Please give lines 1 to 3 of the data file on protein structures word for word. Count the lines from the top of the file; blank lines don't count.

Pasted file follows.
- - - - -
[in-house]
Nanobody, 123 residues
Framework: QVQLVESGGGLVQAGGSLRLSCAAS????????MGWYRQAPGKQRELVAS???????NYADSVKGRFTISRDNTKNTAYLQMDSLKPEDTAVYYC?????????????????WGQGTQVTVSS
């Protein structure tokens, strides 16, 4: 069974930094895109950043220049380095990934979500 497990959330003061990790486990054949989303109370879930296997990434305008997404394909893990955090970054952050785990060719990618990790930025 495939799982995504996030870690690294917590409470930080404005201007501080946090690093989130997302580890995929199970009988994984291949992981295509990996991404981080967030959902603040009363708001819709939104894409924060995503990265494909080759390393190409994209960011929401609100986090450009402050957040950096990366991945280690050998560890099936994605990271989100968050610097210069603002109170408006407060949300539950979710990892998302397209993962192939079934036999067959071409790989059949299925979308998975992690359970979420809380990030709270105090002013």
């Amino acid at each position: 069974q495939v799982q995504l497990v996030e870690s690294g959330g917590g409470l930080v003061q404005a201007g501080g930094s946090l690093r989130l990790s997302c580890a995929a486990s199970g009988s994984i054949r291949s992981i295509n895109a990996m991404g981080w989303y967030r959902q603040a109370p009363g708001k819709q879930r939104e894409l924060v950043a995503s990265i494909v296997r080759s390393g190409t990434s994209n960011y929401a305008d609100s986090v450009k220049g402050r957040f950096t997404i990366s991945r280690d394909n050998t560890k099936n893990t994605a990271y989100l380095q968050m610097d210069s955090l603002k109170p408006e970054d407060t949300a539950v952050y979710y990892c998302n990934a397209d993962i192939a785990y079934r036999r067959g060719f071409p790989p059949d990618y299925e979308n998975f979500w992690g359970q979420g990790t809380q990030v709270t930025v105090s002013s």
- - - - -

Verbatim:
[in-house]
Nanobody, 123 residues
Framework: QVQLVESGGGLVQAGGSLRLSCAAS????????MGWYRQAPGKQRELVAS???????NYADSVKGRFTISRDNTKNTAYLQMDSLKPEDTAVYYC?????????????????WGQGTQVTVSS